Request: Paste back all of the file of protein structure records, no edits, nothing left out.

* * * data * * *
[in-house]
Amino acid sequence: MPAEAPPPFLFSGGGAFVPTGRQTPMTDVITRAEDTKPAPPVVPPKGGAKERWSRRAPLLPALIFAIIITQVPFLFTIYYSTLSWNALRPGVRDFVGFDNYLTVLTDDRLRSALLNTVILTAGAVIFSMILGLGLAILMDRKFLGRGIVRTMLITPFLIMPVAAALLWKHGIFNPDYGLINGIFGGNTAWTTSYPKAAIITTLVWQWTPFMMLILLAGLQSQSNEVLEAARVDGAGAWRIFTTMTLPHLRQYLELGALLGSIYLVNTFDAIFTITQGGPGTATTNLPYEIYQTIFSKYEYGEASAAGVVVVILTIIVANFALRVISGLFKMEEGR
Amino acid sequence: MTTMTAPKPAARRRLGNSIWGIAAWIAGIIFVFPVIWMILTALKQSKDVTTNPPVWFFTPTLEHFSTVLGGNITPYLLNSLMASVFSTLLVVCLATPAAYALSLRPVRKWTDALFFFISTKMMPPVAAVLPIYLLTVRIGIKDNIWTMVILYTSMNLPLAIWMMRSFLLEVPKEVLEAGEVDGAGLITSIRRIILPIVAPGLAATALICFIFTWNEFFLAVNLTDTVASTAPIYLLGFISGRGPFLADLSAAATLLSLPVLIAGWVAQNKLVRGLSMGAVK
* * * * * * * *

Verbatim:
[in-house]
Amino acid sequence: MPAEAPPPFLFSGGGAFVPTGRQTPMTDVITRAEDTKPAPPVVPPKGGAKERWSRRAPLLPALIFAIIITQVPFLFTIYYSTLSWNALRPGVRDFVGFDNYLTVLTDDRLRSALLNTVILTAGAVIFSMILGLGLAILMDRKFLGRGIVRTMLITPFLIMPVAAALLWKHGIFNPDYGLINGIFGGNTAWTTSYPKAAIITTLVWQWTPFMMLILLAGLQSQSNEVLEAARVDGAGAWRIFTTMTLPHLRQYLELGALLGSIYLVNTFDAIFTITQGGPGTATTNLPYEIYQTIFSKYEYGEASAAGVVVVILTIIVANFALRVISGLFKMEEGR
Amino acid sequence: MTTMTAPKPAARRRLGNSIWGIAAWIAGIIFVFPVIWMILTALKQSKDVTTNPPVWFFTPTLEHFSTVLGGNITPYLLNSLMASVFSTLLVVCLATPAAYALSLRPVRKWTDALFFFISTKMMPPVAAVLPIYLLTVRIGIKDNIWTMVILYTSMNLPLAIWMMRSFLLEVPKEVLEAGEVDGAGLITSIRRIILPIVAPGLAATALICFIFTWNEFFLAVNLTDTVASTAPIYLLGFISGRGPFLADLSAAATLLSLPVLIAGWVAQNKLVRGLSMGAVK